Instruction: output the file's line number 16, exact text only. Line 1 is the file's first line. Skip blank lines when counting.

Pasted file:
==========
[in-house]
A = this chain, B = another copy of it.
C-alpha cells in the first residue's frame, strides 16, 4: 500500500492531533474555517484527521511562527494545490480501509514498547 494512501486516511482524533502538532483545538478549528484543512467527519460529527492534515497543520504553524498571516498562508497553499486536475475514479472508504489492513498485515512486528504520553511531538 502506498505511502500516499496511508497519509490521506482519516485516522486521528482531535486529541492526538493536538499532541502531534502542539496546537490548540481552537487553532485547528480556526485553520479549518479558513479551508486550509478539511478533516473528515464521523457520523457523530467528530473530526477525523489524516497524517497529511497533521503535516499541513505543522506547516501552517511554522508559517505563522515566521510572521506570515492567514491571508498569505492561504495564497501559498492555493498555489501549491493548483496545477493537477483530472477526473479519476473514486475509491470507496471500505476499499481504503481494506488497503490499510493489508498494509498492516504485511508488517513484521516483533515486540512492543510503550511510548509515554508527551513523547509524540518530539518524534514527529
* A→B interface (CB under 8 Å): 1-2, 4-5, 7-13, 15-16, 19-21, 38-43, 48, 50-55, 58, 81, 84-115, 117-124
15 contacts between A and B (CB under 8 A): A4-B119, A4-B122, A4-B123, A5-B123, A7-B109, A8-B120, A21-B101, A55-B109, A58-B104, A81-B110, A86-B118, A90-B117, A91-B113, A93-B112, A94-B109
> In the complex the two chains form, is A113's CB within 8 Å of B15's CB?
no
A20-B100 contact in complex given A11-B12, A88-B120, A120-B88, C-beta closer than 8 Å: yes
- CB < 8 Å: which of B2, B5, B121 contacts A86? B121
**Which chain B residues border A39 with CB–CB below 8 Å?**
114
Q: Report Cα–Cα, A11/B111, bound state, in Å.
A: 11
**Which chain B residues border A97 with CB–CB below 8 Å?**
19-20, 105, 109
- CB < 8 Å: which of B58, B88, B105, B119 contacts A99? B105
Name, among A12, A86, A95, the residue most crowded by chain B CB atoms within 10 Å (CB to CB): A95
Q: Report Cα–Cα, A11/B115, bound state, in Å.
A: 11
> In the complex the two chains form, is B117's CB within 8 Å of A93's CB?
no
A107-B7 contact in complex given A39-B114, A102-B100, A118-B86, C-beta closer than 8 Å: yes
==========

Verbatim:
- CB < 8 Å: which of B58, B88, B105, B119 contacts A99? B105